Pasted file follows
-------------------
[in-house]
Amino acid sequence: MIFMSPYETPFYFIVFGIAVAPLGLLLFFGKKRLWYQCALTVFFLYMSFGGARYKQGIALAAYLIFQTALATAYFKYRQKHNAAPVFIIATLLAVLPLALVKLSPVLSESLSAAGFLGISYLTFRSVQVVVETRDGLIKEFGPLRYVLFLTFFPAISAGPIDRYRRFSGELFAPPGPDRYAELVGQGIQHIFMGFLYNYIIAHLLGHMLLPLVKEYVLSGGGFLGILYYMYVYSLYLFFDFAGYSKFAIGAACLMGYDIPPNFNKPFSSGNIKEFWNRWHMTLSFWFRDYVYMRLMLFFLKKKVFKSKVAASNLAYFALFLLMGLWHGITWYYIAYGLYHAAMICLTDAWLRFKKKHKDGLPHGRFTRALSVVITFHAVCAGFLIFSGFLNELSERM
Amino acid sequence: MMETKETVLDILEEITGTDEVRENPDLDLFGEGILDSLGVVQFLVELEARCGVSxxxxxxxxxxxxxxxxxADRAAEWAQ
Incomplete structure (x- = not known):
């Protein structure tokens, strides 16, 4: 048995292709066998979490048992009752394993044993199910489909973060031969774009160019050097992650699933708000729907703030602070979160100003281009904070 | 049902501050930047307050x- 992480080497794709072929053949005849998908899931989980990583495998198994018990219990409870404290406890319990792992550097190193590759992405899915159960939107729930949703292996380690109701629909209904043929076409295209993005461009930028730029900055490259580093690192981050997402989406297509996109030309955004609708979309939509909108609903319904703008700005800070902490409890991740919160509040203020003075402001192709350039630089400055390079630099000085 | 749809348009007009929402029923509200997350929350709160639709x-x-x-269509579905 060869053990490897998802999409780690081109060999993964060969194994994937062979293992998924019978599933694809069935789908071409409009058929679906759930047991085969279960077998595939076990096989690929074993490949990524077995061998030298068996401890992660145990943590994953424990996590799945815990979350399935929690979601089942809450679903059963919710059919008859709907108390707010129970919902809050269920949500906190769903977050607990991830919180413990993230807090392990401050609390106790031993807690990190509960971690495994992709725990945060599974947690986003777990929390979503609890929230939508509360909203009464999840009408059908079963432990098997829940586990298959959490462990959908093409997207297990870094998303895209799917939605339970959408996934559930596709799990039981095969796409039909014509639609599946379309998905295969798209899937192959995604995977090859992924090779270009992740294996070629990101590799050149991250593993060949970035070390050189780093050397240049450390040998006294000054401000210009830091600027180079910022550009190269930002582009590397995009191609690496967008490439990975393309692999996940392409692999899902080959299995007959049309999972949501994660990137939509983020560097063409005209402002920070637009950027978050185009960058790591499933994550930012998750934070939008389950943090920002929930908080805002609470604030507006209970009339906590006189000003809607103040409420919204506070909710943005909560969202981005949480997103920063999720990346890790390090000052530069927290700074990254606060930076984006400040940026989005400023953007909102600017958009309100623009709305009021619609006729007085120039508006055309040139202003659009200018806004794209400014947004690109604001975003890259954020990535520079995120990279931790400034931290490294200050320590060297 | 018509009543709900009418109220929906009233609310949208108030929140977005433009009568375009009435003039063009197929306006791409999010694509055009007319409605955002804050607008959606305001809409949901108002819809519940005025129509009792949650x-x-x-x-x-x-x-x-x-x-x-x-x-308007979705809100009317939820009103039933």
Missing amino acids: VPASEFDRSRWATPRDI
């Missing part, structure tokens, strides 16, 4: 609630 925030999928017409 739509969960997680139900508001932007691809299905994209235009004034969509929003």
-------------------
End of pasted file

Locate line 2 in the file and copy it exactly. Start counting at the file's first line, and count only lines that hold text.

Amino acid sequence: MIFMSPYETPFYFIVFGIAVAPLGLLLFFGKKRLWYQCALTVFFLYMSFGGARYKQGIALAAYLIFQTALATAYFKYRQKHNAAPVFIIATLLAVLPLALVKLSPVLSESLSAAGFLGISYLTFRSVQVVVETRDGLIKEFGPLRYVLFLTFFPAISAGPIDRYRRFSGELFAPPGPDRYAELVGQGIQHIFMGFLYNYIIAHLLGHMLLPLVKEYVLSGGGFLGILYYMYVYSLYLFFDFAGYSKFAIGAACLMGYDIPPNFNKPFSSGNIKEFWNRWHMTLSFWFRDYVYMRLMLFFLKKKVFKSKVAASNLAYFALFLLMGLWHGITWYYIAYGLYHAAMICLTDAWLRFKKKHKDGLPHGRFTRALSVVITFHAVCAGFLIFSGFLNELSERM